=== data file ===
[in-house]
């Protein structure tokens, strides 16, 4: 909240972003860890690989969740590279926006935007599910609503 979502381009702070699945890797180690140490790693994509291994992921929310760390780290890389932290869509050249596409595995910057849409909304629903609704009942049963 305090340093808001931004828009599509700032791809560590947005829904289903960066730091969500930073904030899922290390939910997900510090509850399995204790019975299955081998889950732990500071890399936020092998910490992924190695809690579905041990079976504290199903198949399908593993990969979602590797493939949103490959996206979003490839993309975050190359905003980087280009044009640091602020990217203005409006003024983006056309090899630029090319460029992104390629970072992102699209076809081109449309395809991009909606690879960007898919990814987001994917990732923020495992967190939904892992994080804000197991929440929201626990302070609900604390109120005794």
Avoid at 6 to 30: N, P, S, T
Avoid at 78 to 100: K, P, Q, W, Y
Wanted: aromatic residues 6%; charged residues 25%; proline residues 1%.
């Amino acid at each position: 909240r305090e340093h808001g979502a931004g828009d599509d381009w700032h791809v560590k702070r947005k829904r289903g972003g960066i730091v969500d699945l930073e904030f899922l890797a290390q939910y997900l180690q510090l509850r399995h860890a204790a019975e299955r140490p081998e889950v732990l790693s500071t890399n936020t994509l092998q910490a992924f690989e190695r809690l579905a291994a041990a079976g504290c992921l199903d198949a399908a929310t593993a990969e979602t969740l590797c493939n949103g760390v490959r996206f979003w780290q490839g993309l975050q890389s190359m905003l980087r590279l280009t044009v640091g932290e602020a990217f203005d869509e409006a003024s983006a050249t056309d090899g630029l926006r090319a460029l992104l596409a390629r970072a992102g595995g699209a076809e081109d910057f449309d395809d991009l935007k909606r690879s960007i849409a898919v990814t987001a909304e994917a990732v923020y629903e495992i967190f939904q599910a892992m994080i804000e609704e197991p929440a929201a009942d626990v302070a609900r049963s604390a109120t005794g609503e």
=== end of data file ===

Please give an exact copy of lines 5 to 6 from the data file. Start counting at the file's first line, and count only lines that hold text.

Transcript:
Wanted: aromatic residues 6%; charged residues 25%; proline residues 1%.
């Amino acid at each position: 909240r305090e340093h808001g979502a931004g828009d599509d381009w700032h791809v560590k702070r947005k829904r289903g972003g960066i730091v969500d699945l930073e904030f899922l890797a290390q939910y997900l180690q510090l509850r399995h860890a204790a019975e299955r140490p081998e889950v732990l790693s500071t890399n936020t994509l092998q910490a992924f690989e190695r809690l579905a291994a041990a079976g504290c992921l199903d198949a399908a929310t593993a990969e979602t969740l590797c493939n949103g760390v490959r996206f979003w780290q490839g993309l975050q890389s190359m905003l980087r590279l280009t044009v640091g932290e602020a990217f203005d869509e409006a003024s983006a050249t056309d090899g630029l926006r090319a460029l992104l596409a390629r970072a992102g595995g699209a076809e081109d910057f449309d395809d991009l935007k909606r690879s960007i849409a898919v990814t987001a909304e994917a990732v923020y629903e495992i967190f939904q599910a892992m994080i804000e609704e197991p929440a929201a009942d626990v302070a609900r049963s604390a109120t005794g609503e």